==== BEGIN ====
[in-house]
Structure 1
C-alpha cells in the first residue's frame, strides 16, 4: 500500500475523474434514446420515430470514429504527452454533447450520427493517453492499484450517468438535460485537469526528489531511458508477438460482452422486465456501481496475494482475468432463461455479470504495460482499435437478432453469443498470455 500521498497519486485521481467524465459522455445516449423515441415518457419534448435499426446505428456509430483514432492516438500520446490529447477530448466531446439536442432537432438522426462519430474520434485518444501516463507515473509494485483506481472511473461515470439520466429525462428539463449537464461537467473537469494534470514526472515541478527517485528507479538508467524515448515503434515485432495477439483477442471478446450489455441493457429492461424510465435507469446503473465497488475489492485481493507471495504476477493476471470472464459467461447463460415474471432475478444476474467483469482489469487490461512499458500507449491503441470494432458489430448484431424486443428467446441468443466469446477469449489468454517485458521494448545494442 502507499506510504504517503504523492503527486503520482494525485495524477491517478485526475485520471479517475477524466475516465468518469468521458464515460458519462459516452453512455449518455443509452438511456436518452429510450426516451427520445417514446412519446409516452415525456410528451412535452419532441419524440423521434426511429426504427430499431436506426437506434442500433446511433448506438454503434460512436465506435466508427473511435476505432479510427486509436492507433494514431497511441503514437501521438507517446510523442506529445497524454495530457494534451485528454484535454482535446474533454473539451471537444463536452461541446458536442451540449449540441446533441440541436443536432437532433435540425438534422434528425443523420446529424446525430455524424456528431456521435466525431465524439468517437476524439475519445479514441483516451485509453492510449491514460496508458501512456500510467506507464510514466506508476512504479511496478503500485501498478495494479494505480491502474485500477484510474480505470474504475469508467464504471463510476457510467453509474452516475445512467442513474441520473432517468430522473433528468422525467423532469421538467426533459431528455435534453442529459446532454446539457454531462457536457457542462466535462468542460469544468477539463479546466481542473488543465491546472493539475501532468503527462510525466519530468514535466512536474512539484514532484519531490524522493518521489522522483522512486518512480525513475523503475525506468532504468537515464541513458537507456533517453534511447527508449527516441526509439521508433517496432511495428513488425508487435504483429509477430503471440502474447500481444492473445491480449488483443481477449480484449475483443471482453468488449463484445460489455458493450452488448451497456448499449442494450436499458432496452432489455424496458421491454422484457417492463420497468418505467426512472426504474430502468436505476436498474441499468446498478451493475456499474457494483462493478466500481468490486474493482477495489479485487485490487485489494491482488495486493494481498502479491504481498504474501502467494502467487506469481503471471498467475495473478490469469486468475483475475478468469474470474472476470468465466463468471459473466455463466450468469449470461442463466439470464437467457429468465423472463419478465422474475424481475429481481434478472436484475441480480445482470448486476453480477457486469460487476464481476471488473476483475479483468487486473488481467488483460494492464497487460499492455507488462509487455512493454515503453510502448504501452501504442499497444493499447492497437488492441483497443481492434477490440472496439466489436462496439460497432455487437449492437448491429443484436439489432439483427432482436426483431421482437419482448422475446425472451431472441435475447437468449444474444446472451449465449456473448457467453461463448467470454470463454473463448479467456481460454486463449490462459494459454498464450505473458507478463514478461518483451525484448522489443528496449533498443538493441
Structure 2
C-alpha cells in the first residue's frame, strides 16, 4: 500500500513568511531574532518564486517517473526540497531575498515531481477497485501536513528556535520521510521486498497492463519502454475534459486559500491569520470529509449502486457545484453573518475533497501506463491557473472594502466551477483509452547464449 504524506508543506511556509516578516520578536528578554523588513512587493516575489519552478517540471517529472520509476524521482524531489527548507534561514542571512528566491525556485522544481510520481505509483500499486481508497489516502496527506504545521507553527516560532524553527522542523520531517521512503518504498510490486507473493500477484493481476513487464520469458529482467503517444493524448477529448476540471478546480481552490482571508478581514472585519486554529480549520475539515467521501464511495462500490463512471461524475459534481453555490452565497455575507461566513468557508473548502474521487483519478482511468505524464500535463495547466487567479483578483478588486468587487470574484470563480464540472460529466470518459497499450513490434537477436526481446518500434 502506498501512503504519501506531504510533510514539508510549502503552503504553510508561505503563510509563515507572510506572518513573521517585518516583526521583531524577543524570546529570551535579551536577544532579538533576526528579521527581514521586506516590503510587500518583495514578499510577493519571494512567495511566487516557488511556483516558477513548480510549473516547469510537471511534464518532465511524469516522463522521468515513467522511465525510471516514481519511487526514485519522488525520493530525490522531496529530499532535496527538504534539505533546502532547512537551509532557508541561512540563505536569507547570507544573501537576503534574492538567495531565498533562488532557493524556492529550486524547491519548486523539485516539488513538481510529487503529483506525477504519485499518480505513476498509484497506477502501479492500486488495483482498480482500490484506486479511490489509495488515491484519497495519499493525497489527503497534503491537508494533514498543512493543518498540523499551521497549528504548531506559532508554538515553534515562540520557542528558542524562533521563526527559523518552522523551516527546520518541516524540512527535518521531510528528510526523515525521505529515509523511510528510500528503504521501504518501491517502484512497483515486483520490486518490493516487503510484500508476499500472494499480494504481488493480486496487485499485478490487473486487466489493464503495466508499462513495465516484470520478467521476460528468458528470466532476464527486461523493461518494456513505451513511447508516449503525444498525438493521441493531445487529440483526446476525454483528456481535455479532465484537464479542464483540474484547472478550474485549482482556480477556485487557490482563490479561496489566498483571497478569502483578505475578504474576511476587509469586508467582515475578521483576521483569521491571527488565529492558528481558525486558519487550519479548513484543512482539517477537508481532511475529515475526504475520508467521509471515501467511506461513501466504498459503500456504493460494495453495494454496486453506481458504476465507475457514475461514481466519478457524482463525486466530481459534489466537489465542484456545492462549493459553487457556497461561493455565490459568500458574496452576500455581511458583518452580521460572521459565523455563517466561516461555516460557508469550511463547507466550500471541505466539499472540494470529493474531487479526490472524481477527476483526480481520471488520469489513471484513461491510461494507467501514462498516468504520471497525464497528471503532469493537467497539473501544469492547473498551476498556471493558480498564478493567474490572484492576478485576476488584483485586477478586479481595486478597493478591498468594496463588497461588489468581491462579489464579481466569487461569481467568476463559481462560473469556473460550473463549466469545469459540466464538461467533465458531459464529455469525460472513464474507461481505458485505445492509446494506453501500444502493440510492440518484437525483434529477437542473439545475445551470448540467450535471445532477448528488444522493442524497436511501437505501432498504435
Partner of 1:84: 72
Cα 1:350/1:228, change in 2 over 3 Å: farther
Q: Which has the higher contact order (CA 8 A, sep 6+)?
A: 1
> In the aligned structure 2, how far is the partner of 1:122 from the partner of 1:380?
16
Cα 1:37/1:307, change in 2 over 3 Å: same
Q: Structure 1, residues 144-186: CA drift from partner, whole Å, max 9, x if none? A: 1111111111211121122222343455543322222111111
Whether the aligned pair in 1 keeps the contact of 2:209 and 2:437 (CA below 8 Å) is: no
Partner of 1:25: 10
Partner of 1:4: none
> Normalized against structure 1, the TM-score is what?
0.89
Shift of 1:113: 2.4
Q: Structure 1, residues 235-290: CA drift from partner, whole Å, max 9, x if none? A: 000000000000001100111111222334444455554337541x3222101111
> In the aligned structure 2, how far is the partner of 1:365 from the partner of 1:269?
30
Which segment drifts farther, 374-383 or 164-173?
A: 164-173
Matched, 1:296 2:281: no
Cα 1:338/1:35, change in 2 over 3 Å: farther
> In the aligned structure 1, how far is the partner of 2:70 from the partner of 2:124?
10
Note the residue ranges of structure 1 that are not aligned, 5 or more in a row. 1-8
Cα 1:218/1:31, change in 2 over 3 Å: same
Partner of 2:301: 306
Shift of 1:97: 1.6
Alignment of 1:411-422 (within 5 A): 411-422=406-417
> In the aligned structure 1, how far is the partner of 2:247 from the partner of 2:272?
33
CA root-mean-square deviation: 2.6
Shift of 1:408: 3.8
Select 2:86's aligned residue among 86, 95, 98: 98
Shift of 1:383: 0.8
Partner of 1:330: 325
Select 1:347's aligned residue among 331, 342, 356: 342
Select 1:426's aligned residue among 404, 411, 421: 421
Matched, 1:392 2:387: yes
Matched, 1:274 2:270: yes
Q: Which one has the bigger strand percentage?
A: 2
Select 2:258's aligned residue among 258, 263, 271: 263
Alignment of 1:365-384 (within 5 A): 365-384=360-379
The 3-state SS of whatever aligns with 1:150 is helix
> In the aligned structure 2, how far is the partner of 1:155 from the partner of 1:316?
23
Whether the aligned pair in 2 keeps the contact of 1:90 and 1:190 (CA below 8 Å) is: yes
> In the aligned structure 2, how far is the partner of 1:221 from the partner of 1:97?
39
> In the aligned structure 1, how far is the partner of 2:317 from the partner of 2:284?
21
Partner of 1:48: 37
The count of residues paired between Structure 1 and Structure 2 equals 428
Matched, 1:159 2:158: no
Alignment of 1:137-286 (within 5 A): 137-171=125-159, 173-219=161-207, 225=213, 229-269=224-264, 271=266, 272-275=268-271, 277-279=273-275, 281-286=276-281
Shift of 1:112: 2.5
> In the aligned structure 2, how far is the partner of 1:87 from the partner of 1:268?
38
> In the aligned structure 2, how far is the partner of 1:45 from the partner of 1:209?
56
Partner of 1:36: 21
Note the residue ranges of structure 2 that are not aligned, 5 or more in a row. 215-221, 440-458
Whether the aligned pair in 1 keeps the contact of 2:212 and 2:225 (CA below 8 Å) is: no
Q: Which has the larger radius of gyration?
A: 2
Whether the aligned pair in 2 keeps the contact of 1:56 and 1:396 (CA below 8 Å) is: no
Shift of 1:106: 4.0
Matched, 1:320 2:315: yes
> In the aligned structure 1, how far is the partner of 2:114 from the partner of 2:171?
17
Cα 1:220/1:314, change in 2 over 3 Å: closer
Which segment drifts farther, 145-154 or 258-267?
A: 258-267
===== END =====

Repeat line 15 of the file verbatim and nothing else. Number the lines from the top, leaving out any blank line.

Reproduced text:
Partner of 1:25: 10